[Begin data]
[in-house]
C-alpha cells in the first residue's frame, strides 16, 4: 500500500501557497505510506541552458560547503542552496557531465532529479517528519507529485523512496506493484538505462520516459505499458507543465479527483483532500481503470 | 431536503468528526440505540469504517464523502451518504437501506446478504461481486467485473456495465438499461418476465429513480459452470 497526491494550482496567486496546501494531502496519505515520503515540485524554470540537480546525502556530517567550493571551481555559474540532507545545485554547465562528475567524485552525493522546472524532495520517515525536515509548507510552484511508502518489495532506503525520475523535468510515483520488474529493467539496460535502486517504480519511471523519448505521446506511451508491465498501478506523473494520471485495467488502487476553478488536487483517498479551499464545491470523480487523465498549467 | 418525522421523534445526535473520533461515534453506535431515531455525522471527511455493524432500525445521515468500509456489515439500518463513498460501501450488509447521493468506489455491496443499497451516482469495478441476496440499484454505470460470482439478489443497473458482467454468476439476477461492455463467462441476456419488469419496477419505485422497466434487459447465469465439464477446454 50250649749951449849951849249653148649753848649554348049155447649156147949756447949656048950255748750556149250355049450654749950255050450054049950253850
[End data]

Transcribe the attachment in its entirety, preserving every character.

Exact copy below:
[in-house]
C-alpha cells in the first residue's frame, strides 16, 4: 500500500501557497505510506541552458560547503542552496557531465532529479517528519507529485523512496506493484538505462520516459505499458507543465479527483483532500481503470 | 431536503468528526440505540469504517464523502451518504437501506446478504461481486467485473456495465438499461418476465429513480459452470 497526491494550482496567486496546501494531502496519505515520503515540485524554470540537480546525502556530517567550493571551481555559474540532507545545485554547465562528475567524485552525493522546472524532495520517515525536515509548507510552484511508502518489495532506503525520475523535468510515483520488474529493467539496460535502486517504480519511471523519448505521446506511451508491465498501478506523473494520471485495467488502487476553478488536487483517498479551499464545491470523480487523465498549467 | 418525522421523534445526535473520533461515534453506535431515531455525522471527511455493524432500525445521515468500509456489515439500518463513498460501501450488509447521493468506489455491496443499497451516482469495478441476496440499484454505470460470482439478489443497473458482467454468476439476477461492455463467462441476456419488469419496477419505485422497466434487459447465469465439464477446454 50250649749951449849951849249653148649753848649554348049155447649156147949756447949656048950255748750556149250355049450654749950255050450054049950253850